Survey reveals most drivers have road rage, nearly half carry a weapon
January 14, 2020
More than three-quarters of American drivers admit to road rage or aggressive driving. As if that was not bad enough, nearly half of motorists carry a weapon in their vehicle.
According to The Zebra, an insurance comparison website, 82% of Americans admit to road rage or aggressive driving in the past year. Honking of the horn to show anger was the most common form of road rage, with 59% reporting having done so in the past year. Nearly half (45%) changed lanes without signaling. About 40% have yelled/cursed at another driver or pedestrian.
Although many acts can set a driver off, tailgating was the most common action that angers drivers (44%).
Coming in at a close second at 42% is distracted driving, followed by getting cut off (33%), someone driving too slow (30%) and someone not using a turn signal (28%).
Even though 87% of those surveyed have seen another driver distracted by a handheld device, only 41% have admitted to such behavior. Most surveyed believe distracted driving is the second-most dangerous driving behavior, just behind drinking and driving.
Some motorists have taken their road rage to the next level by confronting another driver. Some examples include:
- Getting out of their vehicle to verbally confront another driver (7%).
- Throwing objects (6%).
- Getting in a physical altercation with another driver (6%).
- Sideswiping another driver (5%).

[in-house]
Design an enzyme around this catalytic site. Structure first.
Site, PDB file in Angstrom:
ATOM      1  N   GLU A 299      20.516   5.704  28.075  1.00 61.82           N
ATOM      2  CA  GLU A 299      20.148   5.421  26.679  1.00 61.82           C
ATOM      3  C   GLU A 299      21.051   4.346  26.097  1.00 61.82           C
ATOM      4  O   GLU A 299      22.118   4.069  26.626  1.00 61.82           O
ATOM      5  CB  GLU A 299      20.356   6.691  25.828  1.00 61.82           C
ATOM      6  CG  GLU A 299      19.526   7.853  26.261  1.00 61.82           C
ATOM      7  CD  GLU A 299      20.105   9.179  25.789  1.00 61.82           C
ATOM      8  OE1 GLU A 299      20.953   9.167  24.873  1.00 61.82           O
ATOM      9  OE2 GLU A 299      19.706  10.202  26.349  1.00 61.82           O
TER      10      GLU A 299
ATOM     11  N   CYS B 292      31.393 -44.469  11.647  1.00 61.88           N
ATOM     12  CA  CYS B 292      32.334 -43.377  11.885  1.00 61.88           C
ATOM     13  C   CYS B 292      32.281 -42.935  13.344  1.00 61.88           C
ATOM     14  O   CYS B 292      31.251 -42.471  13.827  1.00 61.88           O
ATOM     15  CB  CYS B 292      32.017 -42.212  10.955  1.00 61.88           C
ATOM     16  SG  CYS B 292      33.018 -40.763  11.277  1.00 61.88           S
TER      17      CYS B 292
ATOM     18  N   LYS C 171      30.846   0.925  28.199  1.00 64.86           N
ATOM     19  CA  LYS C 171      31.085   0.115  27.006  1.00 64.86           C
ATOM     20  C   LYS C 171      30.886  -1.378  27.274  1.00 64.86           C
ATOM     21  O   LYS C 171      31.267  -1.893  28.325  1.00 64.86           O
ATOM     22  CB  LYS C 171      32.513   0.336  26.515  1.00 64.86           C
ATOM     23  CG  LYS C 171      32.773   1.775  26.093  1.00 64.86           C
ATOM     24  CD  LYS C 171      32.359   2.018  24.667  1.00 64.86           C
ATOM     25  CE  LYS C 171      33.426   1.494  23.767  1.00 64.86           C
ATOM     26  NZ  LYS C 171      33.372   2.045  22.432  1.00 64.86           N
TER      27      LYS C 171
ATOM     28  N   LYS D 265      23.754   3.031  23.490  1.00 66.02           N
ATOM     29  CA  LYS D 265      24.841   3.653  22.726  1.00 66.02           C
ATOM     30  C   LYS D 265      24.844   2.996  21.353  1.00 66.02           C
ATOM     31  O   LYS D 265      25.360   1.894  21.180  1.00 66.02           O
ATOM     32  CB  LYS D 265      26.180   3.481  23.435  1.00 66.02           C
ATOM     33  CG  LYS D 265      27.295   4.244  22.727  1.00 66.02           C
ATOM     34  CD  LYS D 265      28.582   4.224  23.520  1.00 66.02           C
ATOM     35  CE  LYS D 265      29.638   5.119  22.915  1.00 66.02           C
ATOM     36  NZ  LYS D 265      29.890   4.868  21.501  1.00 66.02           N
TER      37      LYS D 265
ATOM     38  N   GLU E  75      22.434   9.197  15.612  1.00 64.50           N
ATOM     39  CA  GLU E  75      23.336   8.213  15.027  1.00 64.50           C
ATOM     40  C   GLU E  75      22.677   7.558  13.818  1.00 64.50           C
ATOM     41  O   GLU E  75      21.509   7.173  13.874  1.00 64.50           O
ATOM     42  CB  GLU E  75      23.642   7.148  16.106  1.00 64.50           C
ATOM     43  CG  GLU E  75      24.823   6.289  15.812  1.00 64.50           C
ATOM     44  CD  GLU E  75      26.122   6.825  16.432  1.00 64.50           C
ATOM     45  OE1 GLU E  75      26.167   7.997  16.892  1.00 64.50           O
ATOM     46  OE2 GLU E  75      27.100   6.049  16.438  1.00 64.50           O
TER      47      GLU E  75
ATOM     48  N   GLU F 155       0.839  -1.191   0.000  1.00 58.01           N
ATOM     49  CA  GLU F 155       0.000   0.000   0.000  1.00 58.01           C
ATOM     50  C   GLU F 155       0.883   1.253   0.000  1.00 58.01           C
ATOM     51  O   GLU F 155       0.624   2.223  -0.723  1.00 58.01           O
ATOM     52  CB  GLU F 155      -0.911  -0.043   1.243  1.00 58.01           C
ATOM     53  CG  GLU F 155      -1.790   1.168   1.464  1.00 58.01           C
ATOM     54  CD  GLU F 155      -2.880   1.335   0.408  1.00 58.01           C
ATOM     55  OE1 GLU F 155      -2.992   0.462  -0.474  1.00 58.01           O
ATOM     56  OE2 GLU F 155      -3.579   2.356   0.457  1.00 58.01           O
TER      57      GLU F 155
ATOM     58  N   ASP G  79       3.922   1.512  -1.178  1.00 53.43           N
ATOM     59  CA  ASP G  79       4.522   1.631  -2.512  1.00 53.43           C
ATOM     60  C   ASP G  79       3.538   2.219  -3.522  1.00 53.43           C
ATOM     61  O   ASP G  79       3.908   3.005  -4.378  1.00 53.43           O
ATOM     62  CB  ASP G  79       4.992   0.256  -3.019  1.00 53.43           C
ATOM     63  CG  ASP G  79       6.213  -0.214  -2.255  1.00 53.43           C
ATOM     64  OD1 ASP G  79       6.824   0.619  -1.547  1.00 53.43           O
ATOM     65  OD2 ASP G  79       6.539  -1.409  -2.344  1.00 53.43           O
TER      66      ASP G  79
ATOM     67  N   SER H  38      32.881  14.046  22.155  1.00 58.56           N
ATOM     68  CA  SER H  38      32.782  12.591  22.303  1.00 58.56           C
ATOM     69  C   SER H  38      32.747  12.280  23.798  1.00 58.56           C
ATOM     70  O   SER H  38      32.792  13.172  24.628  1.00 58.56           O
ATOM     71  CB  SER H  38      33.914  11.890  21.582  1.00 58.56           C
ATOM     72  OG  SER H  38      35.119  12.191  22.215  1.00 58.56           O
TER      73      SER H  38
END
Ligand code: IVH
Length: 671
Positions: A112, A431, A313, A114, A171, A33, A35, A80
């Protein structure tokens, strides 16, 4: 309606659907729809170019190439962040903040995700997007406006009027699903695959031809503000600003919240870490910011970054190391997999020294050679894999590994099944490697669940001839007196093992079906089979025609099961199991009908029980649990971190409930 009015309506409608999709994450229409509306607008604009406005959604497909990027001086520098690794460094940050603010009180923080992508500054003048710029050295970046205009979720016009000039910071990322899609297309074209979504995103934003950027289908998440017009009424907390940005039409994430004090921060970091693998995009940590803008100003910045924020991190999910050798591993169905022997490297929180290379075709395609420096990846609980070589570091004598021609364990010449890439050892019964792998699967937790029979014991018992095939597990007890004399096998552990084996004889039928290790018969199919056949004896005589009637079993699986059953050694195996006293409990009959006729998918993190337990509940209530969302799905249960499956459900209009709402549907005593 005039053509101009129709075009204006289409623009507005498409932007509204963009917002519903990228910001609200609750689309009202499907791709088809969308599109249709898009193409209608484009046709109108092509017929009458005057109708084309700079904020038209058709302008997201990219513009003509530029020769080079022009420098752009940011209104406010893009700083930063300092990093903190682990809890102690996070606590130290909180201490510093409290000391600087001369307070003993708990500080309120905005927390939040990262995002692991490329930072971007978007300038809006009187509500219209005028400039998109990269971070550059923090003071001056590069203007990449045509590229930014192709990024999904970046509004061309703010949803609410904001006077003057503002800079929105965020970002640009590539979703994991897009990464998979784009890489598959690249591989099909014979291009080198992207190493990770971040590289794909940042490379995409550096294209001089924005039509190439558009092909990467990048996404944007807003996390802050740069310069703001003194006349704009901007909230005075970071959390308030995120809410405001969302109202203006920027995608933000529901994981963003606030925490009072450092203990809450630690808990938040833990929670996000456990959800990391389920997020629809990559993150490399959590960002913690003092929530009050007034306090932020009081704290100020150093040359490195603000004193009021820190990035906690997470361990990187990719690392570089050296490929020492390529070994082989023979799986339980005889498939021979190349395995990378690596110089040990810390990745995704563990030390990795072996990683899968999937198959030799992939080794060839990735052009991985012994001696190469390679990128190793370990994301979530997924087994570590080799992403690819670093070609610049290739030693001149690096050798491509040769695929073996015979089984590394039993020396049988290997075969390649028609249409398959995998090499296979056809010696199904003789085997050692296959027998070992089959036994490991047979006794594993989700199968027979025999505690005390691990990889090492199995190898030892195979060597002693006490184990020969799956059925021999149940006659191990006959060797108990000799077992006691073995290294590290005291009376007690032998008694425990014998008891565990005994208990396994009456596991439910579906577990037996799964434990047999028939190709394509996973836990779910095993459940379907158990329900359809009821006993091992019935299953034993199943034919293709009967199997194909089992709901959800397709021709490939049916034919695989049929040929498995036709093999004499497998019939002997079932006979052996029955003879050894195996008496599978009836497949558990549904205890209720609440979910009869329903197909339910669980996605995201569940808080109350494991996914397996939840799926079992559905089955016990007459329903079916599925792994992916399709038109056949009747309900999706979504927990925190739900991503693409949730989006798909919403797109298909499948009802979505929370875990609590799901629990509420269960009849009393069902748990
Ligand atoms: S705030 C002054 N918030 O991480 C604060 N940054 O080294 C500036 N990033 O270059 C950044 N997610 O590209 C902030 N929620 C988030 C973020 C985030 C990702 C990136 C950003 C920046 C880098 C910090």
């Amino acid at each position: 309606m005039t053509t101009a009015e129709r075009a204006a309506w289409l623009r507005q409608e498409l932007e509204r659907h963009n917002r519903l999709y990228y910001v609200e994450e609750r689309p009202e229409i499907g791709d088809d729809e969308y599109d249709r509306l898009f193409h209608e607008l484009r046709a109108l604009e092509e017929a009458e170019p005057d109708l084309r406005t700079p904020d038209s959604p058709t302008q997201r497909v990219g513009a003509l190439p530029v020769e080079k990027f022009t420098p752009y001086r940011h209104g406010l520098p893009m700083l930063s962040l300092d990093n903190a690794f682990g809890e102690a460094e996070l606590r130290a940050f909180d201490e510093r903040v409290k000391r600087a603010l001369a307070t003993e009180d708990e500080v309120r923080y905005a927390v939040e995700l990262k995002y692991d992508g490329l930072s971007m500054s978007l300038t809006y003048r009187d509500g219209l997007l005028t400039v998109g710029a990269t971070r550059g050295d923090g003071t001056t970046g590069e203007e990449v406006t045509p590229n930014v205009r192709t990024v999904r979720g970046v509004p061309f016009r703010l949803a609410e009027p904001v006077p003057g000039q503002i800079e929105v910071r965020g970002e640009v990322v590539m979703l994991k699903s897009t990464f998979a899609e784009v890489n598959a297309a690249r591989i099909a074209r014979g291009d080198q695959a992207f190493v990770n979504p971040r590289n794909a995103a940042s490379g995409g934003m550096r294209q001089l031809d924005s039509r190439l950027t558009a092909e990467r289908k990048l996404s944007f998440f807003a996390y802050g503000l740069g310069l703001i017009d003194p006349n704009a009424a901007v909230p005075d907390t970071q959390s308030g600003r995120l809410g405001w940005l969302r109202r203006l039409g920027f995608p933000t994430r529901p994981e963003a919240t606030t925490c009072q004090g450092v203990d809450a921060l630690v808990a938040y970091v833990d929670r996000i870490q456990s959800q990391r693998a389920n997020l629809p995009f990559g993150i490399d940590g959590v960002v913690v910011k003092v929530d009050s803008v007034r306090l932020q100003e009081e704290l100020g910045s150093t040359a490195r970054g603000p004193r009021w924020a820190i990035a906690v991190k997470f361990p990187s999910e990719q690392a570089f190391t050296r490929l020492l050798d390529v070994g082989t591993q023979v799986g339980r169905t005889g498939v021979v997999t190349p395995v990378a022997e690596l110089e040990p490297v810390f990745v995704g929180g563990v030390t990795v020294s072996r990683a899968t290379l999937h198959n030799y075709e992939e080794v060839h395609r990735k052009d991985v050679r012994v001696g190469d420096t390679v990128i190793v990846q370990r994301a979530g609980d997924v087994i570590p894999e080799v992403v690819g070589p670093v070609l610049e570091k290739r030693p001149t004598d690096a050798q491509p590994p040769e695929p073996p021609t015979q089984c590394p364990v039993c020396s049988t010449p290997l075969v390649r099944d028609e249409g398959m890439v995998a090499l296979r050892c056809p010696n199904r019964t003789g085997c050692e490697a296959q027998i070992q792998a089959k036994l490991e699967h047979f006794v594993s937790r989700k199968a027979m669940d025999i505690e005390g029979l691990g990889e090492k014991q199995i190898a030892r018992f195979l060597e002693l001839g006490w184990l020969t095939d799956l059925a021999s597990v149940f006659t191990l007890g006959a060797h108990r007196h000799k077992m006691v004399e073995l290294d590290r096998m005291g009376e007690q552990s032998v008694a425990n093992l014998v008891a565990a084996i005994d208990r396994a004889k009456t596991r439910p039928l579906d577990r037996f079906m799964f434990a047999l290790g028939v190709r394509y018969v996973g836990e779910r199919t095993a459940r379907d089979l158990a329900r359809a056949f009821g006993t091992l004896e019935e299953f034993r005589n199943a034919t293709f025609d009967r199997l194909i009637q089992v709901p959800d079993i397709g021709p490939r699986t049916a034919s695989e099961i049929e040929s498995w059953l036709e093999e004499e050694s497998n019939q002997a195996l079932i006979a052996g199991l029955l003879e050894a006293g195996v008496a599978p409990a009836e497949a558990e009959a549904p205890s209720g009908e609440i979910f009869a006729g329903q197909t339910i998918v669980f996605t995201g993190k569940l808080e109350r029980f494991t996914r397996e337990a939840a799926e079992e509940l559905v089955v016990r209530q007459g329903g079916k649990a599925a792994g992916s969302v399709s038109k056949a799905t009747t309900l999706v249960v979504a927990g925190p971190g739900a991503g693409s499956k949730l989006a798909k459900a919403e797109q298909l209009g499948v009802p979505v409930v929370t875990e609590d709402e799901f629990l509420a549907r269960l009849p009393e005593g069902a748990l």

- Bumping or ramming another vehicle on purpose (5%).
- Forcing another driver off the road (5%).
However, motorists may want to reconsider confronting another driver. According to The Zebra, 46% of drivers keep a weapon in their vehicle. Approximately 15% have pepper spray, the most common weapon inside vehicles. Other weapons of choice are a knife (10%), bat/club (9%), gun (7%) and a taser (5%).
The Zebra defines “aggressive driving” as “any deliberate, unsafe driving behavior — like changing lanes without a turn signal or tailgating.” Meanwhile, “road rage” is a more extreme version of aggressive driving and includes obscene gestures, ramming another driver’s car, or forcing them off the road.
While 8 in 10 drivers experience either aggressive driving or road rage, about 55% of those surveyed admitted to road rage specifically.
Rather than resort to road rage, 62% of drivers listen to music when frustrated on the road. Other common alternatives to road rage are:
- Thinking about something else (23%).
- Venting by yelling or cursing (22%).
- Waiting until the feeling goes away on its own (18%).
- Navigating to a quieter road (14%).
- Listening to a podcast or radio talk show (13%).
- Call a friend or family member (6%).
The Zebra’s road rage survey was conducted online. Nearly 1,000 drivers from all 50 states and Washington, D.C., participated, ages ranging from 17 to 85.
Most respondents (62%) experience medium traffic during their routine driving route, with 20% driving in heavy traffic. The most reported commute length is 30-59 minutes (36%), followed by 15-30 minutes (25%) and one hour or more (18%). Most frustration occurs either on a multi-lane highway (46%) or on city/suburban streets (37%).
Other road rage-related stories:
- Companies, drivers to pay $26.5M in fatal road rage crash
- Report: Indiana and Colorado lead in most fatal crashes related to road rage